At age 13, I found bliss. Because, at that age, there’s nothing better than having leverage on an older sibling.
I have three sisters. They’re all older. So I was the only boy and the youngest, which meant trouble.
My next-oldest sister was the object of my discovery: I realized that I could drive her crazy by posing as a statue.
Seriously. A statue. Like the Statue of Liberty. Or the Sphinx.
Or Michael Spinks, in that fight against Mike Tyson.
Routinely, I would start to say something, then pause and freeze. And hold it while my sister got mad.
You know those guys who pose as statues on Pier 39? They’ve got nothing on me. They get money from generous passers-by, but I got angry outbursts from my sister, which was better than money or even baseball cards.
My sister and I were pretty close. We still are – she lives in Vallejo and we see each other often. We never had a fierce rivalry, although a dark episode from my early childhood – involving her making my stick horse into a “bridge” between our twin beds, then bouncing on it until it broke – strained our relationship for years. It occasionally comes up in family conversations (OK, it always comes up and I’m always the one who brings it up. It pained me.).
Still, when I discovered that I could walk into a room where she was watching TV (perhaps a soap opera, perhaps “The Love Boat” or “The Mary Tyler Moore Show.” Perhaps something else.) and get her infuriated by merely striking a pose, it was awesome. It didn’t require me to say anything. I didn’t have to get between her and the 13-inch screen. I just posed (had I been born 15 years later, I would have been doing a “Vogue”) and waited.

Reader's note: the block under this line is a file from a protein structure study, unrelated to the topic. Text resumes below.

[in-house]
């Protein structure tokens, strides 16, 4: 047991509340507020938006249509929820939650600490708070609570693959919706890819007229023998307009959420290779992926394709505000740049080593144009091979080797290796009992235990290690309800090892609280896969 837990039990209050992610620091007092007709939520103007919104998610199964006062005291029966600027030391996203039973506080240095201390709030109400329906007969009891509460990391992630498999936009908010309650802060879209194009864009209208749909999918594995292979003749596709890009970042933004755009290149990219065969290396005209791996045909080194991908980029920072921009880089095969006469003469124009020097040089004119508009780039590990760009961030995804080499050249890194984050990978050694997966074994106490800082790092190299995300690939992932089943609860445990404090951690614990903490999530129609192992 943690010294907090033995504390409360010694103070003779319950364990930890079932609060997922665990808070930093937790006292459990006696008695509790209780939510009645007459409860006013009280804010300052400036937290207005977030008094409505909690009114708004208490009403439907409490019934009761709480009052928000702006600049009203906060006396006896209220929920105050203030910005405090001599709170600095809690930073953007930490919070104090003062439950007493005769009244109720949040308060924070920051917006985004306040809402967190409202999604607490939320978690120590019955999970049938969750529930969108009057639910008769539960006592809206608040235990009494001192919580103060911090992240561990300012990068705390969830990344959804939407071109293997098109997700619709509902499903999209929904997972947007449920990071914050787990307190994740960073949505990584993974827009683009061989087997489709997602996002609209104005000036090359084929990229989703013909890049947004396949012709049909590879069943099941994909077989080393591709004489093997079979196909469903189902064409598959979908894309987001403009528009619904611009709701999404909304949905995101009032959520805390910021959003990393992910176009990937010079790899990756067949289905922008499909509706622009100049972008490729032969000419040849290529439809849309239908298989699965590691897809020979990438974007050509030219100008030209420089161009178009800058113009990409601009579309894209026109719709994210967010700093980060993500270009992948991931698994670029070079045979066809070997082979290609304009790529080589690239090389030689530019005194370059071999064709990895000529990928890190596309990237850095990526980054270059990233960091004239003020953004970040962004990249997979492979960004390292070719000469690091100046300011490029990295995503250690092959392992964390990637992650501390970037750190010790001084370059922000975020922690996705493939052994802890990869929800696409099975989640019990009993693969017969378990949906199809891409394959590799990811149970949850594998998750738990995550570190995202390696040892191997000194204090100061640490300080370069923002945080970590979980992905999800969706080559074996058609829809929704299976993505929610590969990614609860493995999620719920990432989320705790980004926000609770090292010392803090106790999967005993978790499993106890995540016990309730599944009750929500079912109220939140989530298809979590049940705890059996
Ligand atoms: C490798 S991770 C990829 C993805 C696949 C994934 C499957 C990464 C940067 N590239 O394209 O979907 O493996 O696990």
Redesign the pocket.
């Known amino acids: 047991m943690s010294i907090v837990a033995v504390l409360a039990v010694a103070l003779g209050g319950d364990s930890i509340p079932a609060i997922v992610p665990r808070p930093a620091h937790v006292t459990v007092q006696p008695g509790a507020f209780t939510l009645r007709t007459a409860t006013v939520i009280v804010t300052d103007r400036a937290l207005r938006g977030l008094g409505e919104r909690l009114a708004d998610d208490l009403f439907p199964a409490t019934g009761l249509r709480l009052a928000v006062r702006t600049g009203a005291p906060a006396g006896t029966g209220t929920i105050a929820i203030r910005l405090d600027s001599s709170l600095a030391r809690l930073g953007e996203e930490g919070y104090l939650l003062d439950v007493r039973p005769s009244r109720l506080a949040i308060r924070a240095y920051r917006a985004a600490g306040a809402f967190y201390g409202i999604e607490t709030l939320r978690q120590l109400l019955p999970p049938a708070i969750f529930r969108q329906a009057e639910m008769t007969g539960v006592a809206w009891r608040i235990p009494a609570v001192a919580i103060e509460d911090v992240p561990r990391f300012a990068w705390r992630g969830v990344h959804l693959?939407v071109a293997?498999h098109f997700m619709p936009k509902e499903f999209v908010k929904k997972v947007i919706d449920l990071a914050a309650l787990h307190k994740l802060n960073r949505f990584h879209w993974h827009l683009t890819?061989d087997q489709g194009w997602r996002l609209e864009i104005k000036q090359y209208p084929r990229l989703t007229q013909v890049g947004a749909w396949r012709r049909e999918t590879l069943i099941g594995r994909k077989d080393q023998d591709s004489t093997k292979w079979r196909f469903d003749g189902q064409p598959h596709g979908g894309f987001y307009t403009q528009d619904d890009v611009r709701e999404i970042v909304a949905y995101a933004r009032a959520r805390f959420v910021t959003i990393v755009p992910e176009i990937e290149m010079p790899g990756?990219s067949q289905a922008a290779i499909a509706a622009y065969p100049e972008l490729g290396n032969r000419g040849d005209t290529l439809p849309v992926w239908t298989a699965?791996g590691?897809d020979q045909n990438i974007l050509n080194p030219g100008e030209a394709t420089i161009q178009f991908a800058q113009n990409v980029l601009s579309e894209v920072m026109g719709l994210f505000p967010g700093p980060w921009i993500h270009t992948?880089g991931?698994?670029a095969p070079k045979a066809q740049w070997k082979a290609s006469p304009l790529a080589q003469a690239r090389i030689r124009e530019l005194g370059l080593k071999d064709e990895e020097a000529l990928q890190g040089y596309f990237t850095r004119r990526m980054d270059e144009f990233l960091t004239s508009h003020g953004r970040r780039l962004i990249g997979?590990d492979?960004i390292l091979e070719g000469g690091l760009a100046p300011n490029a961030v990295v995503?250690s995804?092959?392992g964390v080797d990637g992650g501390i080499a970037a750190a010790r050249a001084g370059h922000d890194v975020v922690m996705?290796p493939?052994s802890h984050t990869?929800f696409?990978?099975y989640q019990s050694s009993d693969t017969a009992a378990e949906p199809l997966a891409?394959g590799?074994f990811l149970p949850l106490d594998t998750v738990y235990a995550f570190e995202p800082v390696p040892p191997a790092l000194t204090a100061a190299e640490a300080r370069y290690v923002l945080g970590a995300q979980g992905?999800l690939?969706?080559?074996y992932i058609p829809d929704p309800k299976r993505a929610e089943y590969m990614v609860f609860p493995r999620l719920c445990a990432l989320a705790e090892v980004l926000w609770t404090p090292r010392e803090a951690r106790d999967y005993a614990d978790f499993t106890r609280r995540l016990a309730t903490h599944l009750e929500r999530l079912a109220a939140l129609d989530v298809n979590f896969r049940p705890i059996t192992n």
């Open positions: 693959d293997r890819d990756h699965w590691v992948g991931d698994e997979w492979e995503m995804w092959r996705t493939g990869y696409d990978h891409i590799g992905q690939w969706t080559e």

Inevitably, she’d get angry. She’d shout at me. She’d tell me how stupid I was. Ultimately, she would walk over and push me, making me break the pose.
And I would then continue, as if I didn’t know I’d posed. It was a hilarious comedy bit where time stood still for me, but not for her.
It’s simple and it’s stupid.
But it was brilliant.
Decades later, when I see my sister, I occasionally break into the pose. I’ll tell her something new, get partway through, and freeze.
She laughs about it, but inside, I know the truth.
It still bugs her. And if it was socially acceptable, she would still push me.
There is still – decades after I discovered the secret – something magical about being able to irritate a sibling on demand.
If my older sister reads this, I hope she knows that despite all the problems I cause her, I still lo . . .
Reach Brad Stanhope at 427-6958 or firstname.lastname@example.org. Follow him on Twitter at www.twitter.com/bradstanhope.